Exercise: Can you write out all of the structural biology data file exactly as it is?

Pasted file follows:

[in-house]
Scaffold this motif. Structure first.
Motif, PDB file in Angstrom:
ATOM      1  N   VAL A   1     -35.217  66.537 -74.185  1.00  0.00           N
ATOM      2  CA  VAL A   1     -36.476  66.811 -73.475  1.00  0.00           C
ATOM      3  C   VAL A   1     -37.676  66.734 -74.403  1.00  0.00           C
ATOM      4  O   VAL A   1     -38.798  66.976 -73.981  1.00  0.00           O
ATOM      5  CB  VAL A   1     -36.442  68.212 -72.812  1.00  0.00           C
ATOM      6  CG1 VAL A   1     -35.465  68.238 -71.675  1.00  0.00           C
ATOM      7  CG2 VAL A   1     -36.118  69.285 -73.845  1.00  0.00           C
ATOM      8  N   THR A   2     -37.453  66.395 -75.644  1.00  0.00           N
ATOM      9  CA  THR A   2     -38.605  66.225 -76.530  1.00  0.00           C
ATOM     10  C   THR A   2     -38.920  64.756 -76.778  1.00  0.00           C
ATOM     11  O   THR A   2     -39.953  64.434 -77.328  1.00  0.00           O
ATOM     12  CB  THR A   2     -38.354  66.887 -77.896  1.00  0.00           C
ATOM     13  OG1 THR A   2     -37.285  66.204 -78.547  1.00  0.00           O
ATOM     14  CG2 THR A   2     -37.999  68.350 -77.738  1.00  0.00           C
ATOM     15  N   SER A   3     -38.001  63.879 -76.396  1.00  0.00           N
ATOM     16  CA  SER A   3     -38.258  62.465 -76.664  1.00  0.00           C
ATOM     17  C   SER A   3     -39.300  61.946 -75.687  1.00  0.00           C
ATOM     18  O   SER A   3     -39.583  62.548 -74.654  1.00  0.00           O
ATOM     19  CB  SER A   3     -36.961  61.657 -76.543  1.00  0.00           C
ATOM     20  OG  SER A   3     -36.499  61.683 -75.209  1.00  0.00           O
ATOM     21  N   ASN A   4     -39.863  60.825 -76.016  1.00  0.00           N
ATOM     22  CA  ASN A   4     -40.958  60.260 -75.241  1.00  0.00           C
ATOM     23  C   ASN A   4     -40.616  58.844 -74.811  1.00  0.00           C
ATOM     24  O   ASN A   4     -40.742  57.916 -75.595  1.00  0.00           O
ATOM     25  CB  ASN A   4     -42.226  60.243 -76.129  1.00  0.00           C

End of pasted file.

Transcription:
[in-house]
Scaffold this motif. Structure first.
Motif, PDB file in Angstrom:
ATOM      1  N   VAL A   1     -35.217  66.537 -74.185  1.00  0.00           N
ATOM      2  CA  VAL A   1     -36.476  66.811 -73.475  1.00  0.00           C
ATOM      3  C   VAL A   1     -37.676  66.734 -74.403  1.00  0.00           C
ATOM      4  O   VAL A   1     -38.798  66.976 -73.981  1.00  0.00           O
ATOM      5  CB  VAL A   1     -36.442  68.212 -72.812  1.00  0.00           C
ATOM      6  CG1 VAL A   1     -35.465  68.238 -71.675  1.00  0.00           C
ATOM      7  CG2 VAL A   1     -36.118  69.285 -73.845  1.00  0.00           C
ATOM      8  N   THR A   2     -37.453  66.395 -75.644  1.00  0.00           N
ATOM      9  CA  THR A   2     -38.605  66.225 -76.530  1.00  0.00           C
ATOM     10  C   THR A   2     -38.920  64.756 -76.778  1.00  0.00           C
ATOM     11  O   THR A   2     -39.953  64.434 -77.328  1.00  0.00           O
ATOM     12  CB  THR A   2     -38.354  66.887 -77.896  1.00  0.00           C
ATOM     13  OG1 THR A   2     -37.285  66.204 -78.547  1.00  0.00           O
ATOM     14  CG2 THR A   2     -37.999  68.350 -77.738  1.00  0.00           C
ATOM     15  N   SER A   3     -38.001  63.879 -76.396  1.00  0.00           N
ATOM     16  CA  SER A   3     -38.258  62.465 -76.664  1.00  0.00           C
ATOM     17  C   SER A   3     -39.300  61.946 -75.687  1.00  0.00           C
ATOM     18  O   SER A   3     -39.583  62.548 -74.654  1.00  0.00           O
ATOM     19  CB  SER A   3     -36.961  61.657 -76.543  1.00  0.00           C
ATOM     20  OG  SER A   3     -36.499  61.683 -75.209  1.00  0.00           O
ATOM     21  N   ASN A   4     -39.863  60.825 -76.016  1.00  0.00           N
ATOM     22  CA  ASN A   4     -40.958  60.260 -75.241  1.00  0.00           C
ATOM     23  C   ASN A   4     -40.616  58.844 -74.811  1.00  0.00           C
ATOM     24  O   ASN A   4     -40.742  57.916 -75.595  1.00  0.00           O
ATOM     25  CB  ASN A   4     -42.226  60.243 -76.129  1.00  0.00           C